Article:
- /ies enchantment (or e) <enchantment rule> adds an enchantment restriction to the exchange rule. Enchantment restrictions have the format of <+/?/-><enchantment><level>. + makes the enchantment required for the item, - makes it forbidden, and ? removes the restriction. level specifies which level the enchantment should be. enchantment needs to be one of the following case-sensitive codes:

  1. E for Efficiency
  2. U for Unbreaking
  3. F for Fortune
  4. ST for Silk Touch
  5. S for Sharpness
  6. Sm for Smite
  7. BoA for Bane of Arthropods
  8. K for Knockback
  9. FA for Fire Aspect
  10. L for Looting
  11. Po for Power
  12. Pu for Punch
  13. Fl for Flame
  14. I for Infinity
  15. P for Protection
  16. FP for Fire Protection
  17. BP for Blast Protection
  18. PP for Projectile Protection
  19. FF for Feather Fall
  20. T for Thorns
  21. R for Respiration
  22. AA for Aqua Affinity
For example, **/ies e +P5**, followed by **/ies e -T1** would specify the item needs to have Protection 5, but is not allowed to have Thorns 1. Note that if the exchange rule is set to disallow all enchantments not explicitly required (see below), forbidding an enchantment is redundant.

- /ies allowenchantments sets the exchange to allow all enchantments not explicitly specified by /ies enchantment. - /ies denyenchantments sets the exchange to disallow all enchantments not explicitly specified by /ies enchantment. This is the default setting for newly created rules. - /ies displayname (or n) [name] sets the display name of the item in the exchange rule. If used without a name, it only matches items with no display name. A display name is a name given to an item by an anvil. - /ies lore (or l) [lore] sets the lore of the item in the exchange rule. If used without any lore specified, it only matches items with no lore. Multiple lines of lore can be entered by placing semicolons (;) in place of line breaks. - /ies switchio (or s) toggles the exchange rule between input and output. - /ies group (or g) [group name] restricts an exchange to members of the specified Citadel group. If no group name is given, it removes the group restriction. This only works on input rules.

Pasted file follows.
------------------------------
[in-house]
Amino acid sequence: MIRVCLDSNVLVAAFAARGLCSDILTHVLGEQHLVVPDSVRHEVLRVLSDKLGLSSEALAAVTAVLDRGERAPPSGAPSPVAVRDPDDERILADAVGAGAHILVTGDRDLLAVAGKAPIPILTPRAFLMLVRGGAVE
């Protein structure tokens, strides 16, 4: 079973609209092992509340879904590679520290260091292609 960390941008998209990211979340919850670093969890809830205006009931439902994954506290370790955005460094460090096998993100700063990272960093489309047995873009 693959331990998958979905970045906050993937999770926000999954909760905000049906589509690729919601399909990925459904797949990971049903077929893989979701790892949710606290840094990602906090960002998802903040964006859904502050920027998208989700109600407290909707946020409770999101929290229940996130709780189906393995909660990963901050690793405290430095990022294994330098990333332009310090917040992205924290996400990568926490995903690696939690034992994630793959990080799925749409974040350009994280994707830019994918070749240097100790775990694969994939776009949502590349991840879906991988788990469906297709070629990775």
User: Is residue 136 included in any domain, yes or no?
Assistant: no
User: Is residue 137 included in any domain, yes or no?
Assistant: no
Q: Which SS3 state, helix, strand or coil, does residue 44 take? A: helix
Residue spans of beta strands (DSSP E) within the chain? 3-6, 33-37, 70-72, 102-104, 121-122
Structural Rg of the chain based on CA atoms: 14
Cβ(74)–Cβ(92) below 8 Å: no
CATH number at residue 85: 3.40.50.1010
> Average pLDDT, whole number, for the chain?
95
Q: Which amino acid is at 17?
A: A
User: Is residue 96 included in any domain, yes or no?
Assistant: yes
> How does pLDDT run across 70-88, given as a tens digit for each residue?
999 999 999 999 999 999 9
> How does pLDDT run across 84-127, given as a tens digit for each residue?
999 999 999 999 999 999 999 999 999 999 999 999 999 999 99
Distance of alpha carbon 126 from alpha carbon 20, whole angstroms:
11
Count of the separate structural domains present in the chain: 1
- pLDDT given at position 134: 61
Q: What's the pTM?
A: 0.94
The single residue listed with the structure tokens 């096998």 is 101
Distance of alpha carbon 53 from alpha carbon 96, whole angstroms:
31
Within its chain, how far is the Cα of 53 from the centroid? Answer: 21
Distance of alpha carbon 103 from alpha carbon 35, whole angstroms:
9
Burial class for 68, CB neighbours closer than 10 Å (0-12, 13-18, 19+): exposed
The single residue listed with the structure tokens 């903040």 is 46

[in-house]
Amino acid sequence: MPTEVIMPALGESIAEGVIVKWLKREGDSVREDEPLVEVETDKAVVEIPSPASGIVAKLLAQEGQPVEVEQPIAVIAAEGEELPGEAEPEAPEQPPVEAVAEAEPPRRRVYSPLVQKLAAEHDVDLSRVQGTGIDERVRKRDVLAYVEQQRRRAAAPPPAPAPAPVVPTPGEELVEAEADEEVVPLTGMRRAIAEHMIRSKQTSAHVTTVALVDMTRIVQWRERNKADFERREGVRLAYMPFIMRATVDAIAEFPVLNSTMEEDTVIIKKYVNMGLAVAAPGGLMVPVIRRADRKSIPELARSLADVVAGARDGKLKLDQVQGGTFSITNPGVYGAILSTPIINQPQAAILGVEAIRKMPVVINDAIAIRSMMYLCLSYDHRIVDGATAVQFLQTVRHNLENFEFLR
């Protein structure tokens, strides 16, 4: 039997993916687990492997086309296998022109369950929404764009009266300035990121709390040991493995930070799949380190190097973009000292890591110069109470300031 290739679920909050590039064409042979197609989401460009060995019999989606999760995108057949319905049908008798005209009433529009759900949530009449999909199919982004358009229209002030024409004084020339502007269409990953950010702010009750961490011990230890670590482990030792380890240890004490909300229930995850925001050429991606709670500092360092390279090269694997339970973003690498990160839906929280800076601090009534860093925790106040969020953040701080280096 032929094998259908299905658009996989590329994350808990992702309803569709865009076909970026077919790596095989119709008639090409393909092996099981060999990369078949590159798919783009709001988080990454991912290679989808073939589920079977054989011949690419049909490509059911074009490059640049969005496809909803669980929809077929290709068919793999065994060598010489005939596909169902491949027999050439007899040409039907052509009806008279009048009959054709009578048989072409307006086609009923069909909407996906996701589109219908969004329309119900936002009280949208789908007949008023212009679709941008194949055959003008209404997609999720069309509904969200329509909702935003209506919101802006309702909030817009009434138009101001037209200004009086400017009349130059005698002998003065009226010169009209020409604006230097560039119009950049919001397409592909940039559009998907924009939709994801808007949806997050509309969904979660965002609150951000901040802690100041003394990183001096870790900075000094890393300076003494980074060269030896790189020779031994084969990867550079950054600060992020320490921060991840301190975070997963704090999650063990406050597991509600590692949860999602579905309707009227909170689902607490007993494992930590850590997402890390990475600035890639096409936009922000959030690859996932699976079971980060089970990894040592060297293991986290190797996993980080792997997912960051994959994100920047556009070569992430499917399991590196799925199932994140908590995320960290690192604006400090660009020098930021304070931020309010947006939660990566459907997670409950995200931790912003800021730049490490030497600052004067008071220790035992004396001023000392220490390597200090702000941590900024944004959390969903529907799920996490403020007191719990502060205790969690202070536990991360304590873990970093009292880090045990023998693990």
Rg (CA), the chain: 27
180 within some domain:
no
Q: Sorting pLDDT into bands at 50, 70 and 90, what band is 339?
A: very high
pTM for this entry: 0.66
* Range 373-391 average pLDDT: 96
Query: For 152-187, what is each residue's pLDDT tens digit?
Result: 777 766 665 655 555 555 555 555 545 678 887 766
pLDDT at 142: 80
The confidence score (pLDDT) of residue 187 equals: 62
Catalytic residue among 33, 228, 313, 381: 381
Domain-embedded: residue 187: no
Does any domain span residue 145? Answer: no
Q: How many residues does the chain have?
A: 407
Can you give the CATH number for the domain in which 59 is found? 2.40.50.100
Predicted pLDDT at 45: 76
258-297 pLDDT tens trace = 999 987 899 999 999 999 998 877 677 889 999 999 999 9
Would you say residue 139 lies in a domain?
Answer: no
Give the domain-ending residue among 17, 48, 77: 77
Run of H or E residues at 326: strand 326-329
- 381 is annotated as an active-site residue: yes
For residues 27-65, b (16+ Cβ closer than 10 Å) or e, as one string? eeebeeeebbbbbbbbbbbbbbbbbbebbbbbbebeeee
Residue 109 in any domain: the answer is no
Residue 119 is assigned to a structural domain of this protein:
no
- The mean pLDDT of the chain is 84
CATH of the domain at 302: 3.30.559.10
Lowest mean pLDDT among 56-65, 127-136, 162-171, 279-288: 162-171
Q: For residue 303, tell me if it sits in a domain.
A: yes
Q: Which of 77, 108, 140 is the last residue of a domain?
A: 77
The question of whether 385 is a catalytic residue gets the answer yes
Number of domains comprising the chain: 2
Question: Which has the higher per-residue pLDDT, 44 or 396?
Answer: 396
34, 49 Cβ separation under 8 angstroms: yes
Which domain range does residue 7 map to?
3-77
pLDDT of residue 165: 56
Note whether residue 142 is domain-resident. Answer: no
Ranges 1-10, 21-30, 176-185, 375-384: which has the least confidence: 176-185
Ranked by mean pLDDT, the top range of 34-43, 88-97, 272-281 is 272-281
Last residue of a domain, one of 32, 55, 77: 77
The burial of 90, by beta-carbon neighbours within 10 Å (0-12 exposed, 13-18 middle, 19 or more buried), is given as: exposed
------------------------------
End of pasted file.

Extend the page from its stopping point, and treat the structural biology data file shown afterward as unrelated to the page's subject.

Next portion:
The amount of an item specified in an exchange rule can also be increased or decreased by shift left clicking or shift right clicking on the exchange rule respectively.

Bulk exchange rules

It is possible to merge multiple exchange rules into one item by putting them in a crafting grid together. This will create a bulk exchange rule. Bulk exchange rules can have more exchange rules merged into them, including other bulk exchange rules. This means any number of exchanges can be stored in a single item, which in turn allows a shop to hold any number of exchanges while only using one inventory slot.

The order of all exchange rules inside a bulk exchange rule is determined by how the components were placed on the crafting grid. When merging bulk exchange rules, one is essentially appended to the other.

When forming input and output pairs, all exchange rules in the shop are considered, regardless of whether the rule is part of a bulk exchange rule or not. The first input rule is matched to the first output rule, the second to the second and so on, even if they are not in the same bulk exchange rule.

As an example of that, a chest containing only an input rule for 1 stone, and a bulk rule that contains an input rule for 1 wood and an output rule for 1 charcoal, in that order, will have an exchange selling charcoal for stone. The wood input rule cannot be matched to anything, and won't be a part of any exchange.

When a bulk exchange rule is dropped onto the ground, it splits into its component exchange rules.

Redstone support

If there is a button attached to the block behind the chest, it will emit a redstone signal on a successful transaction. This currently only works for chests. Image showing a button on a block behind a chest. Another image showing a button on a block behind a chest.